Footnote Joust

I’ve been reading a lot of Indie/Self-published books lately. Though the quality can vary, for the most part I don’t see a lot of terrible work. Most of the time if I’m left disappointed, it’s because it was a good story that needed just a little more work to be a great story. On the rare occasion when I do run into a really bad book, I’ve been very strict with myself enforcing my “do not finish the bad thing” rule. Life is too short, especially at my age, to read bad books.file000719730180

Recently, I was reading a book that was teetering on the edge of badness. It had lots of copy errors and some very strange and clunky grammar. The story beneath the writing issues was pretty good though, and I was determined to press on. Until I found the footnotes.

Footnotes are rare in fiction, though they can be delightful. See, for example Jonathon Stroud’s “Bartimaeus”. These footnotes were. . .not delightful, unless I am allowing the crueler side of my personality to come out. The author had evidently made edits based on customer reviews, and made footnotes to discuss these changes. In many cases, she hadn’t made changes; she’d simply argued that her text should stand as written. Most peculiar, especially since some of the changes she argued most fervently against were ones concerning the most basic rules of grammar, usage, mechanics & spelling.  Not exotic stuff like oxford commas. Basic stuff that no decent copy editor should let slip by.

We’ve all heard of authors arguing with reviews (not recommended!) but has anyone else come across critique rebuttal by footnote? Strange days indeed.

Your Opening Line

 and Other Things that Writers are Neurotic About

From JStor daily, I got a link to an article about grammar rules and the people who faked them. Dear Pedants: See Your Fave Grammar Rule is Probably Fake. It’s not a free license to ignore grammar completely. It talks about grammar rules that make no sense, being reconstructed from Latin, and about the privilege inherent in certain modes of speech. If you’ve ever wondered why you can’t get that sentence to work without the dreaded split infinitive, this little gem may provide an answer.

On to opening lines. Dan Alatorre has a great post about Cheesy Opening Lines. One of the classic opening lines he lists, among some surprising clunkers from books that I love, is the opening of Call of the WIld by Jack London.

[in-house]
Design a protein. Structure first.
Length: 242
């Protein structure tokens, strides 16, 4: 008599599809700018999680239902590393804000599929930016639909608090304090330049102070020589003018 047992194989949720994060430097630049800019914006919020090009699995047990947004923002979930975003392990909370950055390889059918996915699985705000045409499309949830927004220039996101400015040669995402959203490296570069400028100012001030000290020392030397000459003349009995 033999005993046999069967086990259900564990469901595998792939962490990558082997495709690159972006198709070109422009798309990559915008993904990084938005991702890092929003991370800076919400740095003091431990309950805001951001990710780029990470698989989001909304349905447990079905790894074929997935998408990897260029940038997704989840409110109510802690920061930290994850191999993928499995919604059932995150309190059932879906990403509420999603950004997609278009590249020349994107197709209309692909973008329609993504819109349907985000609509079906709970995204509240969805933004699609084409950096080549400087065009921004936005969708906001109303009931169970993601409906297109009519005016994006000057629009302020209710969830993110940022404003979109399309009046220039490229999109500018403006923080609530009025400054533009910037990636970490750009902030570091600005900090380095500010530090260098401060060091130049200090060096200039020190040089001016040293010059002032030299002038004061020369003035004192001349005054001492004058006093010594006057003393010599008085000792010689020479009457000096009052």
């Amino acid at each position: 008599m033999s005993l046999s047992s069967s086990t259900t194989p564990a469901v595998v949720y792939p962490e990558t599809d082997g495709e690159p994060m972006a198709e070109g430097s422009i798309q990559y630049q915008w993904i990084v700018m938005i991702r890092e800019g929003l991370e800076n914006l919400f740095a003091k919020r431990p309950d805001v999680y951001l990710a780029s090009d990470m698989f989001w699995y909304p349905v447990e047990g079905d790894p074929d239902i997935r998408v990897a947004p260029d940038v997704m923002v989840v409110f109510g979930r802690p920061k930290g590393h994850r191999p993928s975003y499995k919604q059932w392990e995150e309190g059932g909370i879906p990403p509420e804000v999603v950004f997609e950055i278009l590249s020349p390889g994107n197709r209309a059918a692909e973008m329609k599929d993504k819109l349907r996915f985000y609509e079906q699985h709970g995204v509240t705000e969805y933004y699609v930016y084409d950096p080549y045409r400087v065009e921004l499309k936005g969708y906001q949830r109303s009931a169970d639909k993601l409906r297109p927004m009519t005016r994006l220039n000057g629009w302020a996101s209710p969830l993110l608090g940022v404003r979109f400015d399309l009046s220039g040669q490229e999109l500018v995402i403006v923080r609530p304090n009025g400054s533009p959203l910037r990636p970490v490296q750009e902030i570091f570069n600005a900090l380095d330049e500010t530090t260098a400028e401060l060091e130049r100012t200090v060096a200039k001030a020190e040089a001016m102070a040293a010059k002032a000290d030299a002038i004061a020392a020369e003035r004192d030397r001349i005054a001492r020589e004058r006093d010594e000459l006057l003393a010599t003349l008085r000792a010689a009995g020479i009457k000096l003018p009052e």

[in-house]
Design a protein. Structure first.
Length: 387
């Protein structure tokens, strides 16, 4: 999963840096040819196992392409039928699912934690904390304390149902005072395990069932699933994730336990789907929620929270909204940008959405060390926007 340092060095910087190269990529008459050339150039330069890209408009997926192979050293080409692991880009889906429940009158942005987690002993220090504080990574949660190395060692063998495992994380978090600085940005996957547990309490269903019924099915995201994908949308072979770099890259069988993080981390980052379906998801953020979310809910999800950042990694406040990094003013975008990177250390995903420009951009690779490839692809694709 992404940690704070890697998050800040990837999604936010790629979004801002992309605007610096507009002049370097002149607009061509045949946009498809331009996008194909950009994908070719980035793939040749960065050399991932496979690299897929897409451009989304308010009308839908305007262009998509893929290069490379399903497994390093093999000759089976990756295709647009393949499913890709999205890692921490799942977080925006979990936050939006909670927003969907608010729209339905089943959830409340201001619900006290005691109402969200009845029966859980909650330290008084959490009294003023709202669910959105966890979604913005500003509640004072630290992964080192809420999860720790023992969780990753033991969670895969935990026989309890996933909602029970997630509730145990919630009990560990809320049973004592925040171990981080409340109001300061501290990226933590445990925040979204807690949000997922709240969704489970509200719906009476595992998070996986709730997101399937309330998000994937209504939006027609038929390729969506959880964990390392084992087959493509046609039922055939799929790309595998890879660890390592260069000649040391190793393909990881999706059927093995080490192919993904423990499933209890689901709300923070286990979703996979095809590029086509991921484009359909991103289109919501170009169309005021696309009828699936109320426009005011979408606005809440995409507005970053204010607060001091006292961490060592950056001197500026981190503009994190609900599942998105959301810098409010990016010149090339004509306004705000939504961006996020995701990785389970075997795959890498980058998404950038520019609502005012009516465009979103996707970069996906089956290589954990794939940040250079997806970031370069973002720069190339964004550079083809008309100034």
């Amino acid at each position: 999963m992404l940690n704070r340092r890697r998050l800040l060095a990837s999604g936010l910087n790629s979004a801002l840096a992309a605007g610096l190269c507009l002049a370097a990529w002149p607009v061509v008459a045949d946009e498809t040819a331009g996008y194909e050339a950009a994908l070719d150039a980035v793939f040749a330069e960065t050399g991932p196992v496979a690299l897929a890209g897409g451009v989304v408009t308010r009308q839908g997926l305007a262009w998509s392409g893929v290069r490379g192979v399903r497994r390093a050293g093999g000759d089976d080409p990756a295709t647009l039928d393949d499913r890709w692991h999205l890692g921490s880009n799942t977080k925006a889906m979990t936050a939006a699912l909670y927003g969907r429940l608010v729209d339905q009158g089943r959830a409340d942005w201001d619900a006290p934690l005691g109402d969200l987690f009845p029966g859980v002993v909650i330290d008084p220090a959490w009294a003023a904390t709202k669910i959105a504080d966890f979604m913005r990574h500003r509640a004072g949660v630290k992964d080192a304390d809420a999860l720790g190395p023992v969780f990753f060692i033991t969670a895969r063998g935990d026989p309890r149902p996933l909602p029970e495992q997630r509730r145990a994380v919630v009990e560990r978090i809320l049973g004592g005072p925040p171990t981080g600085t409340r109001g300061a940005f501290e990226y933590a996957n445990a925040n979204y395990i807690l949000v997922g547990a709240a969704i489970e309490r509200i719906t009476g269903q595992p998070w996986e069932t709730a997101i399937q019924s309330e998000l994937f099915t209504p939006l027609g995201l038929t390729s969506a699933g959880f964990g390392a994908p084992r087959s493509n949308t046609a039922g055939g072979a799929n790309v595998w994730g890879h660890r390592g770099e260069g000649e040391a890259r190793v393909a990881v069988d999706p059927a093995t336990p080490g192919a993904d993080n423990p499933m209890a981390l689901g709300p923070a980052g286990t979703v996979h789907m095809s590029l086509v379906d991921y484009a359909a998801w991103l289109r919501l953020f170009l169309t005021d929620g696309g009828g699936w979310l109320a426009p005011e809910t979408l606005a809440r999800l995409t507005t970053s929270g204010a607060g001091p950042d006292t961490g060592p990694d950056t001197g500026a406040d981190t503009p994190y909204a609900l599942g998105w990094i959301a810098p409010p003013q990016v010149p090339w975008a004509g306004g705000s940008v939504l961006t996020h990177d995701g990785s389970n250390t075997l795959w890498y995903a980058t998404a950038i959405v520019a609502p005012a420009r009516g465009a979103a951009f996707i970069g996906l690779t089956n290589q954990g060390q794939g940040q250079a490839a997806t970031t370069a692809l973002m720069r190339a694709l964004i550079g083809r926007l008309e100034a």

Saturday Evening Post Call of the Wild

Call of the Wild’s 2nd publication in Saturday Evening Post

Buck did not read newspapers, or he would have known that trouble was brewing, not alone for himself, but for every tidewater dog, strong of muscle and with warm, long hair, from Puget Sound to San Diego.

I love this opening line. It introduces us to the main character, it plops us down right at the start of the action, and it sets the scene a little. We even have an idea of what kind of dog Buck is. It’s a little run-on, but literary conventions were different in 1902.  In these modern times of “Start with the Action!”, could we have a better opening for this story? Run on aside, I think this would be hard to improve on.

It’s the kind of opening line that makes other writers lie awake at night, fretting. What if I don’t find the perfect opening line? Why doesn’t my opening line do all that stuff? It’s an example seemingly created to throw us all in to deep despair, or at least momentary gloom and doom.

Dan’s post should cheer you up. Go look again. See how many truly great books have “meh” opening lines. It’s unlikely your book or story or article is going to sink just because your opening line isn’t up to Jack London’s. You don’t have to be perfect in one line, but neither do you dare squander too many opportunities to make the reader fall in love with your story. If you don’t have the mythical perfect opening line, make sure your opening pages shine.

Jack London was writing for the serial market when he produced “Call of the Wild.” Magazine stories of the day had to not only compete with whatever else was running in the same issue, but also with whatever was in other magazines. London’s opening isn’t perfect, but it does grab your attention and get the job of opening the story done.

It’s your turn. Go forth and hook some readers!